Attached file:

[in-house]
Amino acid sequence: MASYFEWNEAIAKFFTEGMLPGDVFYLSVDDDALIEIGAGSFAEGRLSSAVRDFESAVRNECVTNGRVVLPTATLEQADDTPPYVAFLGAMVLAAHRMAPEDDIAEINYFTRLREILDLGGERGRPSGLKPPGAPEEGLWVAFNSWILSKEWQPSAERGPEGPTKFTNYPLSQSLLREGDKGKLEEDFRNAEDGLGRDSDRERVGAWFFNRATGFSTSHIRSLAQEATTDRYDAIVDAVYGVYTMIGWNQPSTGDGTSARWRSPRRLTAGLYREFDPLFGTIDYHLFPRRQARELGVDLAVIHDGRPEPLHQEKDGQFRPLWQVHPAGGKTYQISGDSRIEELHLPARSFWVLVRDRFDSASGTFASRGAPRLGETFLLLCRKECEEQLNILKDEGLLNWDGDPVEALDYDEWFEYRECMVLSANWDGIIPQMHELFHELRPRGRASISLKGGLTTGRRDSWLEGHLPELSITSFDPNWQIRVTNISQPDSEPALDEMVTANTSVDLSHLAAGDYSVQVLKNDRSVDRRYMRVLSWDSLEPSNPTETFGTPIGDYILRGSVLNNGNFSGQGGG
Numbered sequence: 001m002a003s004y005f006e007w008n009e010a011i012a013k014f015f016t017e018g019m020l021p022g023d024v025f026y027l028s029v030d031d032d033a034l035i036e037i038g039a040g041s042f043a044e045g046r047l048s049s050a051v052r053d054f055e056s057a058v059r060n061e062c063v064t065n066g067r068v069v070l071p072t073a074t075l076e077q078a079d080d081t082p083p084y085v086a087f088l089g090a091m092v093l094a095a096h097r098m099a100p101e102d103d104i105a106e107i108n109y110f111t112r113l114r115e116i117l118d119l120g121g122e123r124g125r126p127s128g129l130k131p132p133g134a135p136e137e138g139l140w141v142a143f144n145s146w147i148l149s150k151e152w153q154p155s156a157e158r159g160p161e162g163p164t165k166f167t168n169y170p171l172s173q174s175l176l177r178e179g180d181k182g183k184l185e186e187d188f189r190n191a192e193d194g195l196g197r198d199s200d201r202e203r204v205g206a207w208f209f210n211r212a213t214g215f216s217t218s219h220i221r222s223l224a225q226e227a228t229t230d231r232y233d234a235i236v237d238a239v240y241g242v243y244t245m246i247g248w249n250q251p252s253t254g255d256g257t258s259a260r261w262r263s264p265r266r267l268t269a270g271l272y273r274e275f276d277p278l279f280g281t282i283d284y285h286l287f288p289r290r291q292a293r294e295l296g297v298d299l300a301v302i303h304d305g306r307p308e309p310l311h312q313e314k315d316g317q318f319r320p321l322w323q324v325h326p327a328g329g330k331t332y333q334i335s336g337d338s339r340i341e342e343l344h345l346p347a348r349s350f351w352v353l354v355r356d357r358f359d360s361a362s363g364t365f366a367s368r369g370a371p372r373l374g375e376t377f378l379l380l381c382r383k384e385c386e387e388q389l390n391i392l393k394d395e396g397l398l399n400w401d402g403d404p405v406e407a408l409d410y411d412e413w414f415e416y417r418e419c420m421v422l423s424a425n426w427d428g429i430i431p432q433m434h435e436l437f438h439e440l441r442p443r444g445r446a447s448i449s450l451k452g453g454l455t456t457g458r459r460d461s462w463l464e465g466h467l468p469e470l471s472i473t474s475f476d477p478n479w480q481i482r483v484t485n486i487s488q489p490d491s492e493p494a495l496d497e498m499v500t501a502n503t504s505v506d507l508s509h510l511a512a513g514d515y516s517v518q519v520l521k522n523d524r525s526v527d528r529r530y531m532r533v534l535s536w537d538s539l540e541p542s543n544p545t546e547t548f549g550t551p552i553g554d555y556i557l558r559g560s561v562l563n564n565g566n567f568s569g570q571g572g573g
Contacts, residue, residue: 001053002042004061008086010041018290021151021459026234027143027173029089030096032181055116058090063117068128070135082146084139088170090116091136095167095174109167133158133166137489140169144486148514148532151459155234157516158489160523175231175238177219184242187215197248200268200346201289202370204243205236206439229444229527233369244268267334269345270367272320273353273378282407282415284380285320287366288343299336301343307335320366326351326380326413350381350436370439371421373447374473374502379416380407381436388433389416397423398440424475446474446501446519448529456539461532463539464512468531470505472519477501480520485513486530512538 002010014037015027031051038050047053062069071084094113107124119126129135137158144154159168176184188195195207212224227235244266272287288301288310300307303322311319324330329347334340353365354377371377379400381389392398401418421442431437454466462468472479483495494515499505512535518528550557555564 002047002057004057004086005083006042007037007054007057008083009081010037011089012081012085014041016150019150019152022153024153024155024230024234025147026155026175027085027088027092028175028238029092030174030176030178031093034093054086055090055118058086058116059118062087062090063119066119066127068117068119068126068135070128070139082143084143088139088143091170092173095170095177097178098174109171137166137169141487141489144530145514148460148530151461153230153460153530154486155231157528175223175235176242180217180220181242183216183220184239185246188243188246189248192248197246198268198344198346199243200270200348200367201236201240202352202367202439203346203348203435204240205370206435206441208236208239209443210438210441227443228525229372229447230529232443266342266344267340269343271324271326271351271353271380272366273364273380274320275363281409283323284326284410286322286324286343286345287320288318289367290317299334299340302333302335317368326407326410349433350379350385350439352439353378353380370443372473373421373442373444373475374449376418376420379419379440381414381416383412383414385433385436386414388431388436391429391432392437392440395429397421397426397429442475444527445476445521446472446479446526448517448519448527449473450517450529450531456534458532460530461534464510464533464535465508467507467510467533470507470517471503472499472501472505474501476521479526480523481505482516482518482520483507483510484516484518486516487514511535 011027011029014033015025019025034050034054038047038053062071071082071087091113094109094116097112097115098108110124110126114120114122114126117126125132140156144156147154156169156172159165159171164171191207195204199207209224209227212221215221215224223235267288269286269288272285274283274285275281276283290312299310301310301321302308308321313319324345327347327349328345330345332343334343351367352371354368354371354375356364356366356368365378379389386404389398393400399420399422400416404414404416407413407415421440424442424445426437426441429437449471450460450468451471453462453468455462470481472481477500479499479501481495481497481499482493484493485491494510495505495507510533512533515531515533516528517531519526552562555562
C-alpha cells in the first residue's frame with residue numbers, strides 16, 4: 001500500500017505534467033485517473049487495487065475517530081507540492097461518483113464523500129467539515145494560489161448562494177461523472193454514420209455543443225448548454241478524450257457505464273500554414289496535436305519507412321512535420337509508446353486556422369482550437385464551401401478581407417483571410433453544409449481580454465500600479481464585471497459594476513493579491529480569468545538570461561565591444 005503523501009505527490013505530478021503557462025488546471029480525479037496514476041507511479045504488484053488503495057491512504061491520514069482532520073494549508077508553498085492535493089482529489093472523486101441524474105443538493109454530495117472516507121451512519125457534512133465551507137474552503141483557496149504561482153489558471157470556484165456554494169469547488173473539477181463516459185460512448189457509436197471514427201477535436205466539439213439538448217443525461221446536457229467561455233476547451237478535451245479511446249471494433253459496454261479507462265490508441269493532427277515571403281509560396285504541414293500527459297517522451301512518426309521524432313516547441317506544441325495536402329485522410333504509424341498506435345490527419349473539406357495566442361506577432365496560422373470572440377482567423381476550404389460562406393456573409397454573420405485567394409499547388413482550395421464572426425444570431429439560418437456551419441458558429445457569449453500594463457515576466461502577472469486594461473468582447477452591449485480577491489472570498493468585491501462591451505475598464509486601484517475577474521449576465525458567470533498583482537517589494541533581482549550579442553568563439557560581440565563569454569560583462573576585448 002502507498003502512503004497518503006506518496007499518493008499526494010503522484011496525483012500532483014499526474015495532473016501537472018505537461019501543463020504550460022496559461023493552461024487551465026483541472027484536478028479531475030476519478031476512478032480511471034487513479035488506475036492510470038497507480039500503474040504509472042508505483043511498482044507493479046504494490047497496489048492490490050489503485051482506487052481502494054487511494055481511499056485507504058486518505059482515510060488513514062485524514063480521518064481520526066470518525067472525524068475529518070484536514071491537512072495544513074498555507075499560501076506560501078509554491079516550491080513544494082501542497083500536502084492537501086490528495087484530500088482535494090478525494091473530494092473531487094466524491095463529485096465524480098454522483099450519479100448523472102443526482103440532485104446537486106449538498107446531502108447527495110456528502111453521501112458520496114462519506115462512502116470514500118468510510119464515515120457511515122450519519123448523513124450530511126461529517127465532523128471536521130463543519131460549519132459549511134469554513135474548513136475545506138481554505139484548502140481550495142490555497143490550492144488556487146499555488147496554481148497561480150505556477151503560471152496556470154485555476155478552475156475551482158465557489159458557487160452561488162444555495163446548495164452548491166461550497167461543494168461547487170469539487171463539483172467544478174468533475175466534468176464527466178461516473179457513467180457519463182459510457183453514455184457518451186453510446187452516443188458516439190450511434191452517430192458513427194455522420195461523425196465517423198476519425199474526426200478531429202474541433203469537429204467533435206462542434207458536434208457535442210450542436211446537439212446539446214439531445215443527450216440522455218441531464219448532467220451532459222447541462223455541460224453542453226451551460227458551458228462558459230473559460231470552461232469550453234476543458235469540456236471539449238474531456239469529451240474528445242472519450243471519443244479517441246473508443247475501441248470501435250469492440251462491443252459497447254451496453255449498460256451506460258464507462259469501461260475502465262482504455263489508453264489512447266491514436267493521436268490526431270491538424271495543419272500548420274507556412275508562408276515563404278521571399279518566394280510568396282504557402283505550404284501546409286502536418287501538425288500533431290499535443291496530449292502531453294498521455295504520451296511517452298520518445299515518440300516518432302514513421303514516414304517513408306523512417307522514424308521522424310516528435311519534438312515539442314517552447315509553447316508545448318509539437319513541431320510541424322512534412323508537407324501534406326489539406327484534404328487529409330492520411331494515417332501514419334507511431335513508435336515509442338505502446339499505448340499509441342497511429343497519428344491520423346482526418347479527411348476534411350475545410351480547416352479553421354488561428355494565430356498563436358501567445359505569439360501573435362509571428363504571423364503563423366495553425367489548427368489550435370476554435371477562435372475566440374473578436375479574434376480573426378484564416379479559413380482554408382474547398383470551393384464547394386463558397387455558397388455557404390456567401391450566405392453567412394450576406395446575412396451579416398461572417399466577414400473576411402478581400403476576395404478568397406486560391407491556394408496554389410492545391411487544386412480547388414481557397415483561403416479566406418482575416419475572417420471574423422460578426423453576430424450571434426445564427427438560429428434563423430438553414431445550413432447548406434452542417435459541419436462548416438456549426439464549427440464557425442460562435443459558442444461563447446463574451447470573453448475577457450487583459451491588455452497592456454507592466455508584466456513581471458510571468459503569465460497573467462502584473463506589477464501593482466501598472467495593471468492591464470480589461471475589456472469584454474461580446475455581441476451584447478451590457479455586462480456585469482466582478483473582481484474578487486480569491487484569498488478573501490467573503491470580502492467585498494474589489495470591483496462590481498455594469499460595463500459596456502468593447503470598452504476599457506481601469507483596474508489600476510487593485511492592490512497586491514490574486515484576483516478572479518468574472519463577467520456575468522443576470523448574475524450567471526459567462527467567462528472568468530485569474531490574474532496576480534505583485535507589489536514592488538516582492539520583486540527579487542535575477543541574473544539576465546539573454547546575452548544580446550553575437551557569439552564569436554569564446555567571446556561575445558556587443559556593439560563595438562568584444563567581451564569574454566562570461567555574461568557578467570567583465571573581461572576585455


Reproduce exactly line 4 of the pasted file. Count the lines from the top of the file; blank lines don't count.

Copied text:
Contacts, residue, residue: 001053002042004061008086010041018290021151021459026234027143027173029089030096032181055116058090063117068128070135082146084139088170090116091136095167095174109167133158133166137489140169144486148514148532151459155234157516158489160523175231175238177219184242187215197248200268200346201289202370204243205236206439229444229527233369244268267334269345270367272320273353273378282407282415284380285320287366288343299336301343307335320366326351326380326413350381350436370439371421373447374473374502379416380407381436388433389416397423398440424475446474446501446519448529456539461532463539464512468531470505472519477501480520485513486530512538 002010014037015027031051038050047053062069071084094113107124119126129135137158144154159168176184188195195207212224227235244266272287288301288310300307303322311319324330329347334340353365354377371377379400381389392398401418421442431437454466462468472479483495494515499505512535518528550557555564 002047002057004057004086005083006042007037007054007057008083009081010037011089012081012085014041016150019150019152022153024153024155024230024234025147026155026175027085027088027092028175028238029092030174030176030178031093034093054086055090055118058086058116059118062087062090063119066119066127068117068119068126068135070128070139082143084143088139088143091170092173095170095177097178098174109171137166137169141487141489144530145514148460148530151461153230153460153530154486155231157528175223175235176242180217180220181242183216183220184239185246188243188246189248192248197246198268198344198346199243200270200348200367201236201240202352202367202439203346203348203435204240205370206435206441208236208239209443210438210441227443228525229372229447230529232443266342266344267340269343271324271326271351271353271380272366273364273380274320275363281409283323284326284410286322286324286343286345287320288318289367290317299334299340302333302335317368326407326410349433350379350385350439352439353378353380370443372473373421373442373444373475374449376418376420379419379440381414381416383412383414385433385436386414388431388436391429391432392437392440395429397421397426397429442475444527445476445521446472446479446526448517448519448527449473450517450529450531456534458532460530461534464510464533464535465508467507467510467533470507470517471503472499472501472505474501476521479526480523481505482516482518482520483507483510484516484518486516487514511535 011027011029014033015025019025034050034054038047038053062071071082071087091113094109094116097112097115098108110124110126114120114122114126117126125132140156144156147154156169156172159165159171164171191207195204199207209224209227212221215221215224223235267288269286269288272285274283274285275281276283290312299310301310301321302308308321313319324345327347327349328345330345332343334343351367352371354368354371354375356364356366356368365378379389386404389398393400399420399422400416404414404416407413407415421440424442424445426437426441429437449471450460450468451471453462453468455462470481472481477500479499479501481495481497481499482493484493485491494510495505495507510533512533515531515533516528517531519526552562555562